Impact Winter: A Snowball’s Chance

It’s interesting to note that while we absolutely did once have too many WW2 games, and later there certainly were too many zombie-based games, there can never be too many post-apocalyptic survival games. Why? Science can’t yet explain, and theologians have only offered impetuous shrugs. But still they come, and still there’s room. The latest attempt to join this grim-futured desperation for survival is Impact Winter, pitching on Kickstarter for £95,000. It’s an RPG from Mojo Bones, it’s very snowy, and best of all, you have an android companion.

Eight years ago Earth went a bit wrong, after an asteroid tried to give it a kiss. They say it “decimated” the Earth’s population but (PET HATE ALERT) I doubt it divided it by ten. I imagine it did a lot more than that. And now the planet is a snowy wasteland, and you’ve got to try to survive for 30 days before help might be coming your way.

You’ll have a team to guide, with dilemmas for them to solve, crafting to get a safer home, and scenarios that will affect the outcome of each go. They say. You can see details about the team of characters over on the Kickstarter page, where you can also speculatively back the project, with £9 for a copy of the final game.

The art looks really charming, and while there certainly are a lot of survival games around at the moment, my interest in them is yet to wane. I’m keeping an eye on this one.

38 Comments

  1. Philotic Symmetrist says:

    Well, if it did divide the Earth’s population by 10 then it would still not have decimated it; if it had reduced it by a tenth that would be a different matter.

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      Lexx87 says:

      John just got schooled. Schooled!

    • Wowbagger says:

      and if I remember rightly from my popular fiction, that tenth would be beaten to death (using only their fists) by the other nine tenths.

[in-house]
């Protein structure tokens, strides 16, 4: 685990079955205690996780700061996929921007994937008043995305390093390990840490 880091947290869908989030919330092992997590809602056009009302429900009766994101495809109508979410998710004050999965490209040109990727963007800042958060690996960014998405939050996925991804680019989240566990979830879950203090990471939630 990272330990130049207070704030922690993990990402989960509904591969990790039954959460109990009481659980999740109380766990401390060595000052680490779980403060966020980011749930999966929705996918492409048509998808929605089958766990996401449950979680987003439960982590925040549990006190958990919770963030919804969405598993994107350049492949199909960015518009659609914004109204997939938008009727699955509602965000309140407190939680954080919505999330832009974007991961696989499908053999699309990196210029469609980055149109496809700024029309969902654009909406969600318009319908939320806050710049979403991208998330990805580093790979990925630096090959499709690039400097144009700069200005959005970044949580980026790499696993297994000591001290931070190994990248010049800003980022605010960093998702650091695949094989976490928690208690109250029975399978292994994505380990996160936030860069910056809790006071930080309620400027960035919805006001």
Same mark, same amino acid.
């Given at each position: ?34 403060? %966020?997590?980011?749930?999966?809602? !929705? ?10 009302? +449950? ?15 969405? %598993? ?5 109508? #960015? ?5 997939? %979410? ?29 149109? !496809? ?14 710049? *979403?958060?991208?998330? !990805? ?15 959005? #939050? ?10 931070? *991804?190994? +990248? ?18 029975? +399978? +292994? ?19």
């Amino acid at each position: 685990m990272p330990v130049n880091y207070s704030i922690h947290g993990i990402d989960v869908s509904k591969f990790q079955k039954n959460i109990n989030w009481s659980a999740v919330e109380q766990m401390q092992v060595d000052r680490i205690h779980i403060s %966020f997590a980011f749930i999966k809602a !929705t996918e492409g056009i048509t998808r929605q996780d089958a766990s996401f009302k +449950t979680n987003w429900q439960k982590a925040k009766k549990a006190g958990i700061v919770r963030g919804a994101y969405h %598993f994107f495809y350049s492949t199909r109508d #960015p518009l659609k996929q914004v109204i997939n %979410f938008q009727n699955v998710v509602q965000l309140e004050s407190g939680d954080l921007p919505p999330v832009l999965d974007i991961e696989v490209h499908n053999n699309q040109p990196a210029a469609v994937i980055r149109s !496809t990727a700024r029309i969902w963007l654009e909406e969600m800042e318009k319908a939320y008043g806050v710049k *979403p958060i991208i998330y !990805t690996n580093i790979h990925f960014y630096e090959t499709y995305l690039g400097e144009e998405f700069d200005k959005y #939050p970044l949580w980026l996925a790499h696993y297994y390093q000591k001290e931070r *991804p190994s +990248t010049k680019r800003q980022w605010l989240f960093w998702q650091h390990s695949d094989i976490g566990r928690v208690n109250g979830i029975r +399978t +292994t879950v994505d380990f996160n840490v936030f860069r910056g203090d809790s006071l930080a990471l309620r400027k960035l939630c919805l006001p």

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        tigerfort says:

        I believe stoning to death was also acceptable, and what’s annihilation by meteor impact if not stoning on a truly gigantic scale?

      • Philotic Symmetrist says:

        Sorry, it’s hard to resist trumping pedantry with pedantry, especially when something is stated with the conviction of a pet hate.

        • tejot says:

          …and on that note I’d like to point out that there’s no android (i.e., “human-shaped”) companion here, just a drone.
          The game looks nifty!

    • SanguineAngel says:

      beaten to the punch! Good work soldier

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      Ninja Dodo says:

      You guys know language changes and words drift from their original meaning, right? The written word (or the ability to find the original meaning) slows this down but doesn’t stop it.

      • SanguineAngel says:

        but decimate is such a wonderfully precise word – in both meaning and etymology. Losing that is a sad thing to me.

        Besides the dual meaning it now possesses is confusing because the new meaning is thematically similar but specifically different. Both meanings are used in the same context but indicate very different things so it’s impossible to really tell what someone means when they use it.

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        Harlander says: